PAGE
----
Thursday, June 25, 2009

Why I will be wearing black this Thursday

I'm in the process of moving house and whilst clearing through the mountains of boxes in my room I came across the diary I kept when I visited India at 18.

I always find it bizarre to read over my scribblings and looking back over the words I wrote makes me cringe a little as I feel I am an entirely different person to the one that wrote this. I wanted to share this experience with you, (almost) word for word as the work I saw on this particular day has become a foundation for what Thursdays in Black means to me.

‘This afternoon we travelled by rickshaw to Maher, a home for abused, exploited and destitute women and children. The journey was a real experience, I will never complain about driving in England again!

The traffic is so erratic with animals and people randomly wandering all over the roads. Drivers seem to use their horns before attempting any manoeuvre. At junctions you are deafened by the cacophony of horns from all vehicles ranging from huge lorries to bicycles and even carts as they are all vying for their place in the hierarchy of the road.

Rickshaw is my favourite way of travelling. Driving through the streets is a real assault on the senses with brightly coloured markets with spices and saris on show, cows sauntering through the city traffic and the smells of incense, sewage and mysterious treats sold by street vendors. All of these colours, smells and sounds are sharpened by the rain which has been falling on and off all day. Although we were drenched to the skin by the puddles we splashed through, the humid air would dry our clothes as soon as the deluge stopped.

At every junction the street children pressed their hands inside the rickshaw begging for money. Many of them are very young and some have been horrifically disfigured to encourage tourists to give more money. Yesterday I saw a boy with no legs pulling himself along on a skateboard, the driver told me it was common for children to be deliberately maimed by adults in this way.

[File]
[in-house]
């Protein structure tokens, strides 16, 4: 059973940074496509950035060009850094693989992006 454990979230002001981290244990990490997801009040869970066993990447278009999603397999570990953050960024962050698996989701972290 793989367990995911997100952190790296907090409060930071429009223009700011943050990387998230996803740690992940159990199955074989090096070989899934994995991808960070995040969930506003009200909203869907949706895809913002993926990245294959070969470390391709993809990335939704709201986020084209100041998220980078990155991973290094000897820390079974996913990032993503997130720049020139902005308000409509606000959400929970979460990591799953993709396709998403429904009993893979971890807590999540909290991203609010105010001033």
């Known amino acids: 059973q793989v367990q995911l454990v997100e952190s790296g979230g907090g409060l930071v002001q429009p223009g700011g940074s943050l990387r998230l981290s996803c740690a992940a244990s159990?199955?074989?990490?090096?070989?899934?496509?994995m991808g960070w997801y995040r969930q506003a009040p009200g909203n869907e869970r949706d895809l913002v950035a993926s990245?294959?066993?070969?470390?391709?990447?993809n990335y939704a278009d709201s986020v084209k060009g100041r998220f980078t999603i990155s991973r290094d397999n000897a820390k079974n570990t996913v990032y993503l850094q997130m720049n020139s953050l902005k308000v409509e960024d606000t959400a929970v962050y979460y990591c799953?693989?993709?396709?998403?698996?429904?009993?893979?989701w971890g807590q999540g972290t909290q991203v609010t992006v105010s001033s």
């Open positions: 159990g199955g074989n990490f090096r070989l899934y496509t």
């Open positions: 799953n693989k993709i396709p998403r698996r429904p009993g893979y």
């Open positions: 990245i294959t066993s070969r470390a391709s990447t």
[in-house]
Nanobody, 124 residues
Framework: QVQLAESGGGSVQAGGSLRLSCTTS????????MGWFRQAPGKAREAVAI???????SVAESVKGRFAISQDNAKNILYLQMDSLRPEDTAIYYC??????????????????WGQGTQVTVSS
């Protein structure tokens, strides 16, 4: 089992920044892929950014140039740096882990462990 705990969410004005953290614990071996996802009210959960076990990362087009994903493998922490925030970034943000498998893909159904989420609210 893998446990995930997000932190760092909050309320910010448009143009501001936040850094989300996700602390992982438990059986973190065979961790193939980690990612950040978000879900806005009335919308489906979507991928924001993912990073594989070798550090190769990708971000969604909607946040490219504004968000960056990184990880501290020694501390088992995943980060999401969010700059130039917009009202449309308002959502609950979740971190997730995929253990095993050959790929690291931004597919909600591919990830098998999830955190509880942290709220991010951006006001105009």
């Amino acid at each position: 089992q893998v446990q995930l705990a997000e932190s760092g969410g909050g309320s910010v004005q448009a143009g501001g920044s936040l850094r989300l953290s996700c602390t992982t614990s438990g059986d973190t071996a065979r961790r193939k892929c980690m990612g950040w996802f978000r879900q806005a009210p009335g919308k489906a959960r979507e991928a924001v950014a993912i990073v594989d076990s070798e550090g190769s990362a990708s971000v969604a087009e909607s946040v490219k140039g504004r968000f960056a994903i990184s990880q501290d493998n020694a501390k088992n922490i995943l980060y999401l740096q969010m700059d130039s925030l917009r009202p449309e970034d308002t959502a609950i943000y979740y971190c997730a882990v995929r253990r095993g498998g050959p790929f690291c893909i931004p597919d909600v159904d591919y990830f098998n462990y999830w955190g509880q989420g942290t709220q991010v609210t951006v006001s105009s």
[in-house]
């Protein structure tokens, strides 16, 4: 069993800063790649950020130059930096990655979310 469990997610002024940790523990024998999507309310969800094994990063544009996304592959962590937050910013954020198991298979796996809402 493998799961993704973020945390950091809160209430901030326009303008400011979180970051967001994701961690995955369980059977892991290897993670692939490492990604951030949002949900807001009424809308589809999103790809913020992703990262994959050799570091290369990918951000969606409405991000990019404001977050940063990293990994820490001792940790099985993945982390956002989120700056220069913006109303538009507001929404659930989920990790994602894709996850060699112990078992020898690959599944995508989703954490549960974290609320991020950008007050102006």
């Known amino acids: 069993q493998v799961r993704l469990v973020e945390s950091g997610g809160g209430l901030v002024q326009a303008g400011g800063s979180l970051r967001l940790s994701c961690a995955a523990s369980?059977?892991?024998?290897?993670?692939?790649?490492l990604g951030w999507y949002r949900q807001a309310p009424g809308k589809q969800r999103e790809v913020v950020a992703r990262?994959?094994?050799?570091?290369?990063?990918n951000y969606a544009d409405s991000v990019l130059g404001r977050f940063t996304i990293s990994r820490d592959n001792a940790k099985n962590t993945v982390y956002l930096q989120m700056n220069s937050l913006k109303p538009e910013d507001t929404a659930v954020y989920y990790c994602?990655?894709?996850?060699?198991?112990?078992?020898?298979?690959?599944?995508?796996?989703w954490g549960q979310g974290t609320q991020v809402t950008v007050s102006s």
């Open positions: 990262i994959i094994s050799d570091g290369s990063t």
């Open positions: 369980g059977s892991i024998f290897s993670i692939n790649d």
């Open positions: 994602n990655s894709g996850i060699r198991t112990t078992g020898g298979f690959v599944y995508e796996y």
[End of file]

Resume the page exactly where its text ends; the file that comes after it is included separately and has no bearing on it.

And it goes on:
This made me incredibly angry and I was frustrated by how powerless I am to prevent this. By giving money to the children you are proving that the violence is effective but by withholding money the children are punished when they return empty handed. There is no clear right choice and we are forced to ignore their outstretched hands or shout ‘Bas!’ if they get too aggressive to avoid being swamped. The guilt is overwhelming at times.

When we arrived at Maher all the women and children were lined up to greet us. They sang songs and performed a welcoming ceremony, presenting us with garlands of marigolds which the children placed around our necks.The flowers symbolise sacrifice and are used in many ceremonies here. We were also painted with a red and yellow kum kum on our foreheads by the older girls.

One of the house mothers then came forward and began to tell us the story of how the home had started.

In 1991 a destitute woman came to Sister Lucy [one of the project founders] while pregnant, begging for help. The woman’s husband wanted to kill her as he desired another woman. The sister had to turn the woman away as she had nowhere to house her that night, promising that if she returned the next day she would be able to accommodate her.

That night the woman’s husband doused her in Kerosene and set her alight. Both the woman and the baby died. From that day forward the Sister vowed never to turn away women in that situation and so set up Maher (Mother house) to council and rehabilitate the women, teaching them crafts so they can be re-introduced into the community and stand on their own two feet.

The work they carried out at the Maher house was amazing and it made me feel humble and privileged in my life at home. It is too difficult to describe all of the emotions I felt today but I think people in the UK need to know about what these women are suffering and help support these projects so that people like Sister Lucy will be able to go on helping them.’

It’s hard to see it from these words but India got under my skin like no other country I have visited before or since really. It was here that I first began to realise that development work was becoming a vocation for me.
My experiences at Maher have been the driving force behind wanting to promote Thursdays in Black and why I will be wearing black this Thursday.

To find out more about the Maher project please go to their website:

No comments:

Post a Comment